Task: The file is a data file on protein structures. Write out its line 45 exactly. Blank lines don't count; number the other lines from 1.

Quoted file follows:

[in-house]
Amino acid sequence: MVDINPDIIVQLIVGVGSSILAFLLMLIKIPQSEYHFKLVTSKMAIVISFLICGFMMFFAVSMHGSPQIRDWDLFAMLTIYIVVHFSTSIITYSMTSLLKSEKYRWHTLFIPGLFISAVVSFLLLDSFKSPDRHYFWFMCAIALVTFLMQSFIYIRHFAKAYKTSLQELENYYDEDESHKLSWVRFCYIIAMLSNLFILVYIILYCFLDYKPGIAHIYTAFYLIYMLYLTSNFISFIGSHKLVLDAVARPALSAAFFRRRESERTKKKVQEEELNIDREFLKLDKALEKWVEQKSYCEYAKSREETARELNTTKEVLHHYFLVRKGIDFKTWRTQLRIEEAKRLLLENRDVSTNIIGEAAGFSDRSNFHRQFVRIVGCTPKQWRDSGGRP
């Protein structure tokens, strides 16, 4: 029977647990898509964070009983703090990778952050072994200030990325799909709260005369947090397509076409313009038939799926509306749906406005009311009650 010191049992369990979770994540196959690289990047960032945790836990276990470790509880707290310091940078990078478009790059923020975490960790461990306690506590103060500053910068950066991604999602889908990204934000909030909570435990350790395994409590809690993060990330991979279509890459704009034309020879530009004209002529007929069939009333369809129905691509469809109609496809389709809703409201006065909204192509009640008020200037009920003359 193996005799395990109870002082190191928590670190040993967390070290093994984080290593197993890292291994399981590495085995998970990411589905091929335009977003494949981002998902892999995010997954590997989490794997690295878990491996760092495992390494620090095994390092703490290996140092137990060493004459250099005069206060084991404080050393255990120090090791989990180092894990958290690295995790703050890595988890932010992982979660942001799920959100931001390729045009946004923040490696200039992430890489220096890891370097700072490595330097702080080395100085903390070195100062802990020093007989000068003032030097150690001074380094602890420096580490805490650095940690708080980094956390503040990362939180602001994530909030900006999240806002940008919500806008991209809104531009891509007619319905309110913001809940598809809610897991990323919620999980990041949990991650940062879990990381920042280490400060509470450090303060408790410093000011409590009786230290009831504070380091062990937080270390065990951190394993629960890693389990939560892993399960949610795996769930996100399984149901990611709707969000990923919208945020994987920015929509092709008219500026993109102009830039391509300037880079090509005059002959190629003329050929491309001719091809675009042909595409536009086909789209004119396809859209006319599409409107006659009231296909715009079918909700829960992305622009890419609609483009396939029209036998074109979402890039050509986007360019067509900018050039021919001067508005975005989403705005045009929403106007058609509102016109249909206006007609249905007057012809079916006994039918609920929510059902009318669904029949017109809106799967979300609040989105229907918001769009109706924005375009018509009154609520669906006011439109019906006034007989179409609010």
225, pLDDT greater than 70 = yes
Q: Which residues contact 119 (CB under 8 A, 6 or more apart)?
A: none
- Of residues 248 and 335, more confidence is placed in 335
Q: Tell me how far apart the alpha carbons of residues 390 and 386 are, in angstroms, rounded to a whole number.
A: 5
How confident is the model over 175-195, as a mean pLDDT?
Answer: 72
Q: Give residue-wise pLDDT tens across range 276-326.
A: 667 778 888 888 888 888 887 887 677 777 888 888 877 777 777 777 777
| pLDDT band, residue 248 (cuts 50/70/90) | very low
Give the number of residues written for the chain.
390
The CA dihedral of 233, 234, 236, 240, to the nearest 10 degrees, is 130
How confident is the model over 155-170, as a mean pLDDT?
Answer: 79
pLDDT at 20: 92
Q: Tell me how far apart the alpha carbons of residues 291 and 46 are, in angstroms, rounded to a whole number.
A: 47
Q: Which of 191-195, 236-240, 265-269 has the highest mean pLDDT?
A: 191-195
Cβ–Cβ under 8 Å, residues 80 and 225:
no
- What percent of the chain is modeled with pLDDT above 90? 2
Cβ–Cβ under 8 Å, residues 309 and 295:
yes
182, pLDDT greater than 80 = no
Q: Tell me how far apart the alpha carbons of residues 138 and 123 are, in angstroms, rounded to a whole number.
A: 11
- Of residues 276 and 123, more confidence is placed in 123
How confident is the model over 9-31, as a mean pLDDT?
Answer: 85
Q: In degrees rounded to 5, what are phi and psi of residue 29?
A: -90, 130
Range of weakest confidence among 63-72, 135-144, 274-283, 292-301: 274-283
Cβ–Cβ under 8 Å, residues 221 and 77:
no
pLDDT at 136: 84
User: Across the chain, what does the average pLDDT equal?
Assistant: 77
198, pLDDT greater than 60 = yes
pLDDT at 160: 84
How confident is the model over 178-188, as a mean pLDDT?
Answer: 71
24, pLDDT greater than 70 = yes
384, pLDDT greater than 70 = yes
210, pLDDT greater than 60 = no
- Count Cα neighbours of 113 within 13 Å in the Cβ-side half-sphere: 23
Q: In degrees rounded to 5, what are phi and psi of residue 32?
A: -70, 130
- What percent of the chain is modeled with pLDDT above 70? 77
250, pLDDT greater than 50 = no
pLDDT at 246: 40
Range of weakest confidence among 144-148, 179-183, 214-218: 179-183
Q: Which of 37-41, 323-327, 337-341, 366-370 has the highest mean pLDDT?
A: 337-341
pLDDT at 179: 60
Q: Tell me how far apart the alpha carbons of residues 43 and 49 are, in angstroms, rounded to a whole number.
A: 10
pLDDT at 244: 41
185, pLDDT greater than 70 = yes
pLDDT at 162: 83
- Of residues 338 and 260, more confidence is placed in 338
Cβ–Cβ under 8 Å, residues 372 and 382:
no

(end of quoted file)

pLDDT at 160: 84